Day 4, Part 1 was a fantastic learning experience. I know what you might be thinking, ‘Really Rashmi, photographing interiors was fun?’. Yes, yes it was. I learned so much. I enjoyed it so much.. I didn’t think that was possible!
After our delicious sandwiches, we headed back to the hotel. We would soon be getting into a taxi and making an hour long drive into the Tuscan countryside to the home of Giulia Scarpaleggia. If you follow the food blogs and love Italian (ahem.. Tuscan) food, then you know all about Jul’s Kitchen. Giulia holds cooking workshops in her home (the same one she grew up in.. her apartment is just above her grandparents.. at one point she needed an onion to whip up an impromptu dish.. she just went downstairs and borrowed one from her grandmother!). From the balcony of her kitchen, you can see the rolling hills of Tuscany. It is kind of like a dream. Giulia was so warm and welcoming. She gave us aprons to wear and soon we were all cooking under her expert guidance.
side note : the following are a mix of digital, film and cell phone photos.
Here is a peek at all the props she uses to style her food photographs. She is not only a fantastic cook but also a great photographer.
Handing out aprons to everyone. I adore her kitchen. Everything was organized so beautifully.. I could hear angels singing.
Any experienced cook knows that the first thing you make is dessert.. And so, we started with Cantuccini, a very typical Tuscan dessert that is dipped in Vinsanto. What I found intriguing was there was no butter involved in this recipe at all. We mixed and measured two batches of Cantuccini. The first batch with orange peel and almonds and the second batch with cardamom, fresh ginger, pistachio and other more typical Indian spices (picked out by my cousin). I loved the little stories that Giulia weaved into the evening.. how each egg has a code stamped on it and what each number means, how as a little girl she didn’t get Vinsanto to dip her cookie but water instead. Her love for her food is apparent by the way she talks about it, the memories associated with her childhood and cooking with her parents and grandmother.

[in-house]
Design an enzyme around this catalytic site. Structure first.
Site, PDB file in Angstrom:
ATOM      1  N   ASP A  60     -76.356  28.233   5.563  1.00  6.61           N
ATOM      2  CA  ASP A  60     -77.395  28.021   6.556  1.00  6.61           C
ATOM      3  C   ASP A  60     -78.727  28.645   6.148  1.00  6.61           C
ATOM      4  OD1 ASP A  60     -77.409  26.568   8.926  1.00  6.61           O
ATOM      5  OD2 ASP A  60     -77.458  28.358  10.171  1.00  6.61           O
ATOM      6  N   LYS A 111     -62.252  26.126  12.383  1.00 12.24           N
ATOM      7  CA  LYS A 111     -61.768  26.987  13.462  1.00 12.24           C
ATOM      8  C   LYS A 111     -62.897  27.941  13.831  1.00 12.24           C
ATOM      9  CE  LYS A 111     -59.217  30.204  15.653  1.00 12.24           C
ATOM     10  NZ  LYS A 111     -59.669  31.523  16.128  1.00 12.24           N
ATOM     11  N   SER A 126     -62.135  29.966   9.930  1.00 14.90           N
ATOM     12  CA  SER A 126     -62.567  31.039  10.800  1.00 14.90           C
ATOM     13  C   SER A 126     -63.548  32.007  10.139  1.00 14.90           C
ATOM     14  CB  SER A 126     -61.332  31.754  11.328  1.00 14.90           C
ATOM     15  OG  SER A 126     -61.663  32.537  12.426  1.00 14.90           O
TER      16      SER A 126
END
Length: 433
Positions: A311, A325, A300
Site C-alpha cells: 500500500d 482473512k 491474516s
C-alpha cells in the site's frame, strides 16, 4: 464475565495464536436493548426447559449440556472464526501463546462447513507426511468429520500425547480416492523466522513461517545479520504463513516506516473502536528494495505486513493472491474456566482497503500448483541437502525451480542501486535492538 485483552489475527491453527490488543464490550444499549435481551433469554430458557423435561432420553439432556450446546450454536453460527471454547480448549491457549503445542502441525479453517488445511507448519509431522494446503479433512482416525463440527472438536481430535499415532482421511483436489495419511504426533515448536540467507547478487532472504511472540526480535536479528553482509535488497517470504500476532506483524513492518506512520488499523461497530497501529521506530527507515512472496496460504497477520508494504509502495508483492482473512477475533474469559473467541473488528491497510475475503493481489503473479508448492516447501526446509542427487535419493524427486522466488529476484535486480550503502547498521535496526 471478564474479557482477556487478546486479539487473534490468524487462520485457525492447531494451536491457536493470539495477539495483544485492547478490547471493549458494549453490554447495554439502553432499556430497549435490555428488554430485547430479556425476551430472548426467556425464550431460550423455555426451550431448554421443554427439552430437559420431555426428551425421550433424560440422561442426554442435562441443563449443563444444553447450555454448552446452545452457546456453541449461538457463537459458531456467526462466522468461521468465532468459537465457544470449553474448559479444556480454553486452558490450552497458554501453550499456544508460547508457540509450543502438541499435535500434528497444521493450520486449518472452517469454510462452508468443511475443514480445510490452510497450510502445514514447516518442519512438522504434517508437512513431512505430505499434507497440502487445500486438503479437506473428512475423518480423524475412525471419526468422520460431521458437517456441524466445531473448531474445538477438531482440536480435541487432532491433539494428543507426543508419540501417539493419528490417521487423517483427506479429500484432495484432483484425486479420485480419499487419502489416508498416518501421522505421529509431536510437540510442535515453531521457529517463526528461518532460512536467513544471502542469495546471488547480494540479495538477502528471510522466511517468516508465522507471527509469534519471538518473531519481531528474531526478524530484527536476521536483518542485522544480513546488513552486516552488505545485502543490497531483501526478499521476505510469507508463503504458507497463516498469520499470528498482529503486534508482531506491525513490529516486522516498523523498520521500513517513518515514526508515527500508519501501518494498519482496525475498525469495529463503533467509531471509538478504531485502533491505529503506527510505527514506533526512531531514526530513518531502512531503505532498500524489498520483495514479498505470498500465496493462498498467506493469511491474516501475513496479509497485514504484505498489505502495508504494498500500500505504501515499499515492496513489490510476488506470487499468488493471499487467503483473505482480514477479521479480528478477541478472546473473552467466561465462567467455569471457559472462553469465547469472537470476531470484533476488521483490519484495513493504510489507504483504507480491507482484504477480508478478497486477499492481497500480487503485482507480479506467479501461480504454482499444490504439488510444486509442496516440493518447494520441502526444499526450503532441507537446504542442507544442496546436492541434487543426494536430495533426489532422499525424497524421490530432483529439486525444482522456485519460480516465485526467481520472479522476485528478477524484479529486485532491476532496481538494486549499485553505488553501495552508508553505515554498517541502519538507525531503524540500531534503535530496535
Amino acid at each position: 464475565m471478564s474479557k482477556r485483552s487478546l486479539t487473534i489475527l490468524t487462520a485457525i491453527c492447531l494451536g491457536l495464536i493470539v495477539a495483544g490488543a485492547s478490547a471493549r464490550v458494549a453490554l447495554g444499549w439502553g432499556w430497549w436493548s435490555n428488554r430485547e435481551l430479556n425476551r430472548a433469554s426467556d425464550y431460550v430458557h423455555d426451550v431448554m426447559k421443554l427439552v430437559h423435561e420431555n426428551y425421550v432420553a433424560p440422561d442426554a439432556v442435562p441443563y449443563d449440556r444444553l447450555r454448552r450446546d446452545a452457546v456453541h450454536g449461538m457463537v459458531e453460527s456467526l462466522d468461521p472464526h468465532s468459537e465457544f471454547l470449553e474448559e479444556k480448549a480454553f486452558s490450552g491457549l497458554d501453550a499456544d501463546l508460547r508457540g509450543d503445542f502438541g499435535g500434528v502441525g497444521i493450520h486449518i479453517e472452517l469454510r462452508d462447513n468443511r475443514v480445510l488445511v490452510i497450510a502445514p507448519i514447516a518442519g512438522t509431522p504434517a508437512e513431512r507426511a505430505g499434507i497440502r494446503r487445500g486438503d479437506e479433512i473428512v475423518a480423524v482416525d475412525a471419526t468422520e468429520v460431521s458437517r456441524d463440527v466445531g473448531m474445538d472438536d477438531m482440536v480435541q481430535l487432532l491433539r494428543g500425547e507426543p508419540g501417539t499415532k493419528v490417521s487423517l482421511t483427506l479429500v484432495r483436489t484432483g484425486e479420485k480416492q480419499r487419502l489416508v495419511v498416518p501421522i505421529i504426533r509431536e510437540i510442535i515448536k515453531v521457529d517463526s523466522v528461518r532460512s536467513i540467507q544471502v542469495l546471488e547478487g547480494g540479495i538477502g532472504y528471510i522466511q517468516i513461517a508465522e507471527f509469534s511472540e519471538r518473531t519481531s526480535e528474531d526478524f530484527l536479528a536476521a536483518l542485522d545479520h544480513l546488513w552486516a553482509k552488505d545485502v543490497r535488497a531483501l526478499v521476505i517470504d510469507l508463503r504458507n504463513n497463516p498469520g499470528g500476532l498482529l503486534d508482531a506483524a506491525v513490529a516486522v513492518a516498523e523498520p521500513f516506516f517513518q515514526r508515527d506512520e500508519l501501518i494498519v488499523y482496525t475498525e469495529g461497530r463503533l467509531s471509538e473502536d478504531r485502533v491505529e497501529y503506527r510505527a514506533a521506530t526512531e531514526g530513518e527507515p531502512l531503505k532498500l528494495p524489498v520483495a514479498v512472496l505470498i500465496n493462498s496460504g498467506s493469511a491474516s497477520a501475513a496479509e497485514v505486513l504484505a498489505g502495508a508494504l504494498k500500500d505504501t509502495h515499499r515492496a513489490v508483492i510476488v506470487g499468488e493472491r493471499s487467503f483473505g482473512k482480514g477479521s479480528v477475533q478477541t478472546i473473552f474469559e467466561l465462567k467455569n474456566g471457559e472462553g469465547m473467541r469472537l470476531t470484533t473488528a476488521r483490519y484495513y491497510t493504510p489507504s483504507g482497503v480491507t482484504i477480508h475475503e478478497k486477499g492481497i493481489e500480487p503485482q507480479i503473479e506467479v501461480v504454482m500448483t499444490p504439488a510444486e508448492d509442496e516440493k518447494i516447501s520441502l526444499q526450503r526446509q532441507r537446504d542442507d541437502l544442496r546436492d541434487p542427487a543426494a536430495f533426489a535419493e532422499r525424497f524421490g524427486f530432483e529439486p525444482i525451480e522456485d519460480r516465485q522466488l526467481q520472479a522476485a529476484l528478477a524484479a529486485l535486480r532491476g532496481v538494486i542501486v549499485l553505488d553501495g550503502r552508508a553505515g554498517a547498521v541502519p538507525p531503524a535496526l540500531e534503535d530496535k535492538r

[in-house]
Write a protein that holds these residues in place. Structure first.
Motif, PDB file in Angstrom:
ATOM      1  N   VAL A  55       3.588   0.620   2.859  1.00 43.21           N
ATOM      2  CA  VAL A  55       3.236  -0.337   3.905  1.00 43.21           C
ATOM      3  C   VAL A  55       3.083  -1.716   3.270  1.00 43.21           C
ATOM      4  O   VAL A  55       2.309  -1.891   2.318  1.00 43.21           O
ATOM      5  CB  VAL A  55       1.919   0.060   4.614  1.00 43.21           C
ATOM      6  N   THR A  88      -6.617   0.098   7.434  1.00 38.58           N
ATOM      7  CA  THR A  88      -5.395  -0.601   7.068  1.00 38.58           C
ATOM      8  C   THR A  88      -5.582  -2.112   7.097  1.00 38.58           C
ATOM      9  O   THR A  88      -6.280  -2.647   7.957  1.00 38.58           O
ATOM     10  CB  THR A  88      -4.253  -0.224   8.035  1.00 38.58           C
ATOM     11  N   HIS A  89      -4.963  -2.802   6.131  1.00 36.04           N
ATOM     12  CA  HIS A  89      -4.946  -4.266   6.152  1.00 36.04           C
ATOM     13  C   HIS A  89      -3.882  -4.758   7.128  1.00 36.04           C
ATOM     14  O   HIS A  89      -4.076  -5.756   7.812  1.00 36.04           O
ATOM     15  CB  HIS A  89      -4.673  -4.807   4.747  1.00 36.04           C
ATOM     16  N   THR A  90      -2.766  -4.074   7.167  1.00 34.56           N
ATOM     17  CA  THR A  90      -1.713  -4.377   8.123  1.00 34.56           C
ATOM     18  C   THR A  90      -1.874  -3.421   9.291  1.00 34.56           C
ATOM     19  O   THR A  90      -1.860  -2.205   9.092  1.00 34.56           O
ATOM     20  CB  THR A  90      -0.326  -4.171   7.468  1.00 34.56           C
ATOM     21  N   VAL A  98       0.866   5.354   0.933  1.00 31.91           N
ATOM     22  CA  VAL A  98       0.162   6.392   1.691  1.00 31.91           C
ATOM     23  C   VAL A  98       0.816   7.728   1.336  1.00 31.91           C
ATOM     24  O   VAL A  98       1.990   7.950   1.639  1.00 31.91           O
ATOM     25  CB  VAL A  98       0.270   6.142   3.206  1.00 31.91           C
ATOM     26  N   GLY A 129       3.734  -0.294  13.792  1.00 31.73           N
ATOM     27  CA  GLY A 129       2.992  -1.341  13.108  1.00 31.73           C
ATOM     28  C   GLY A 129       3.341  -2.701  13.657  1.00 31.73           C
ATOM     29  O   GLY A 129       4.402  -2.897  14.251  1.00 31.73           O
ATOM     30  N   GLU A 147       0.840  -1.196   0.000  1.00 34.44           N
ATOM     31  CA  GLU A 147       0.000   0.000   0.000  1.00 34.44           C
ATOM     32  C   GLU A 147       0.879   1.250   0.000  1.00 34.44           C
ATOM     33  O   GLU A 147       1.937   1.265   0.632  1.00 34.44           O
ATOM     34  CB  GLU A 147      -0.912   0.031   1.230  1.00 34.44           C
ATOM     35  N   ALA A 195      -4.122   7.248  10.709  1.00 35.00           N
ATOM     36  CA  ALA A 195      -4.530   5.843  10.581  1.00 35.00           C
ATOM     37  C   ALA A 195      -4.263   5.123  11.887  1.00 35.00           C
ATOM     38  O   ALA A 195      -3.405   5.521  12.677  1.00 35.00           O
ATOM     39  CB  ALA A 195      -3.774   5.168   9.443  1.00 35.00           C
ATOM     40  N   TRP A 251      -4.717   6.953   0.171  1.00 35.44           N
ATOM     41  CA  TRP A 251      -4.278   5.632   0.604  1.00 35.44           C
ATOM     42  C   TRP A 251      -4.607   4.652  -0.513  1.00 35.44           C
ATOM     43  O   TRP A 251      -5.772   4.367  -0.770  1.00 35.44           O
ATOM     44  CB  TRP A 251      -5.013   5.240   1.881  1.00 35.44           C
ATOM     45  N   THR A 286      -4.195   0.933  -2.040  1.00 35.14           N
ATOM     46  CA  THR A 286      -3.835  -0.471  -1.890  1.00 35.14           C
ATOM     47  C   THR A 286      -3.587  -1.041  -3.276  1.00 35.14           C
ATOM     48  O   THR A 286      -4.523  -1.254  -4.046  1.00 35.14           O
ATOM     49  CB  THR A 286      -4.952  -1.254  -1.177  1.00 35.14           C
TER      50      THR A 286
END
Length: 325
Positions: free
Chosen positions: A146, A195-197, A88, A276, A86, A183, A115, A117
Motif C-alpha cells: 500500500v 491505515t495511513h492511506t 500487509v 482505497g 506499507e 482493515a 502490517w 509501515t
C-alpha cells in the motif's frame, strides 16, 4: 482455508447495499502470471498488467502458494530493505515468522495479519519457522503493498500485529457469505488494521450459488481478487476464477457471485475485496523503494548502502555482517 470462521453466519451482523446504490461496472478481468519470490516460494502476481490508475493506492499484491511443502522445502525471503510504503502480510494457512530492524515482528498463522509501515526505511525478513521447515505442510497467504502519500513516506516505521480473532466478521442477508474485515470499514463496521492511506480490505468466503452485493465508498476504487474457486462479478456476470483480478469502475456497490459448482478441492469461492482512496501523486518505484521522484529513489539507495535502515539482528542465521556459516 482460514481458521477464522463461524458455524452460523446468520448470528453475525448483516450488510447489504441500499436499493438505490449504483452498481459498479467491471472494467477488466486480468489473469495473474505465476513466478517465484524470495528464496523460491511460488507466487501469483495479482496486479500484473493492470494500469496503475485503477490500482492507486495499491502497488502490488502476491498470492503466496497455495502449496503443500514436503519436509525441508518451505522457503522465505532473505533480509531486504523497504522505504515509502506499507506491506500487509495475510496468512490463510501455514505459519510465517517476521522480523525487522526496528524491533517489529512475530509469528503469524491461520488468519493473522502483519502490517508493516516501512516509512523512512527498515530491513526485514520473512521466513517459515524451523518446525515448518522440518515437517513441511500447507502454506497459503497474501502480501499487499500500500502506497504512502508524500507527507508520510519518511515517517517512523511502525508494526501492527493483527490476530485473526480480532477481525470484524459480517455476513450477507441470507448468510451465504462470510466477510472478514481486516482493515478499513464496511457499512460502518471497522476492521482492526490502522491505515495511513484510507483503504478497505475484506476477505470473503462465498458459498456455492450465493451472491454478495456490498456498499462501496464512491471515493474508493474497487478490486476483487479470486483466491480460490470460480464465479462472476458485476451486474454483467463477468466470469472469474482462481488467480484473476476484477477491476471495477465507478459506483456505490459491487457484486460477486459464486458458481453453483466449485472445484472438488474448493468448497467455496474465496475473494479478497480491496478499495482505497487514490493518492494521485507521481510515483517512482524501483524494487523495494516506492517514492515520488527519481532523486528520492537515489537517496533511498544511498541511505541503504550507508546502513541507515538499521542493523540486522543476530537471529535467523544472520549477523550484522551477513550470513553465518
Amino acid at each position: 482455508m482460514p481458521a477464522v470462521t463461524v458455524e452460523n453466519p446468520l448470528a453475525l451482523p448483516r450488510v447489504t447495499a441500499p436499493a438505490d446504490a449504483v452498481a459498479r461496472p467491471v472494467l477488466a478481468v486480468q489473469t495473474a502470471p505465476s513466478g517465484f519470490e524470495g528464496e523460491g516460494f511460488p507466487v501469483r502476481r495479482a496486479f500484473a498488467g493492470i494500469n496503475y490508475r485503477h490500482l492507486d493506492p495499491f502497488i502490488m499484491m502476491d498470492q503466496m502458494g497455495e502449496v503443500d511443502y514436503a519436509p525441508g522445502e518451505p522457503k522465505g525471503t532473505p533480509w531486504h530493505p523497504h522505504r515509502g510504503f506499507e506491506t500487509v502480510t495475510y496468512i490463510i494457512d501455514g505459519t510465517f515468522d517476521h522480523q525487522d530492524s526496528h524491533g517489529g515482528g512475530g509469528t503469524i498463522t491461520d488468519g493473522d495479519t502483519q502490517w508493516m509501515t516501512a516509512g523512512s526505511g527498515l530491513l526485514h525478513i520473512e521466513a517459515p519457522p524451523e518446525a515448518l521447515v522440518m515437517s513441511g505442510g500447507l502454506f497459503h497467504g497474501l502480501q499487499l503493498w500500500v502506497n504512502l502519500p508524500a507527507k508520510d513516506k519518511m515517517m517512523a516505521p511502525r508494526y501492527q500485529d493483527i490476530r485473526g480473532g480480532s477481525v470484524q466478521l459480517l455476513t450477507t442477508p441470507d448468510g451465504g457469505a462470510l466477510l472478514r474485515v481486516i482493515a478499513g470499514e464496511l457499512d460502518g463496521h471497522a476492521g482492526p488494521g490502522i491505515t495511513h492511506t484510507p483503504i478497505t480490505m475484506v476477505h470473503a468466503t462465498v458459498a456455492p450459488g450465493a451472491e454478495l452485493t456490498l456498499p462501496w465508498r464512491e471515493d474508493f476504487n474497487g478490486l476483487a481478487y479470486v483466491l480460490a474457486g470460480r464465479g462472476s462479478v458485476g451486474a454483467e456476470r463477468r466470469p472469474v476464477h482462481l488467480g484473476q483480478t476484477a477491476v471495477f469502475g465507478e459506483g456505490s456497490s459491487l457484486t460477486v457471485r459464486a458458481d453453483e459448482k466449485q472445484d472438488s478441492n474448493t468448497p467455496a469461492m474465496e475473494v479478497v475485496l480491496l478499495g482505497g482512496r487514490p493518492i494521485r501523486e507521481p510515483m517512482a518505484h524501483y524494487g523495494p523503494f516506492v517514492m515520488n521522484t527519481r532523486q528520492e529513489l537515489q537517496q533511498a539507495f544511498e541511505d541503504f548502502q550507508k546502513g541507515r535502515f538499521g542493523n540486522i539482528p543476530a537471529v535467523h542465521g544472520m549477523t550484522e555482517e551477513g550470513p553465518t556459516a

Here she is referring to her own cookbook, I Love Toscana.
Giulia told us about Tuscan bread (it has no salt.. and the reasons why.. just flour, water and natural leavener) and how it is a staple in homes. Next up was bread soup. What’s that you say? Bread with soup? No Bread Soup. I told you those Tuscans love their bread! Pappa al pomodoro (tomato bread soup). The task of cutting up the mirepoix (soffritto in Italy) was handed out to us and some of us may have fared better than others (looking at my cousin right about now). While the bread was soaking in the water, Giulia said she would make a quick Panzanella. She took some of the bread that was soaking, squeezed out the added tomatoes, cucumber, onion, fresh basil, olive oil, salt and white wine vinegar. Oh my word.. it is so good. It is easy enough to make, but you have to transport yourself to Tuscany to really get those fresh and delicious tomatoes. I have never tasted tomatoes quite the same here. I could have eaten the entire bowl of Panzanella myself. I might have done just that and was remiss in not taking any real photographs of it.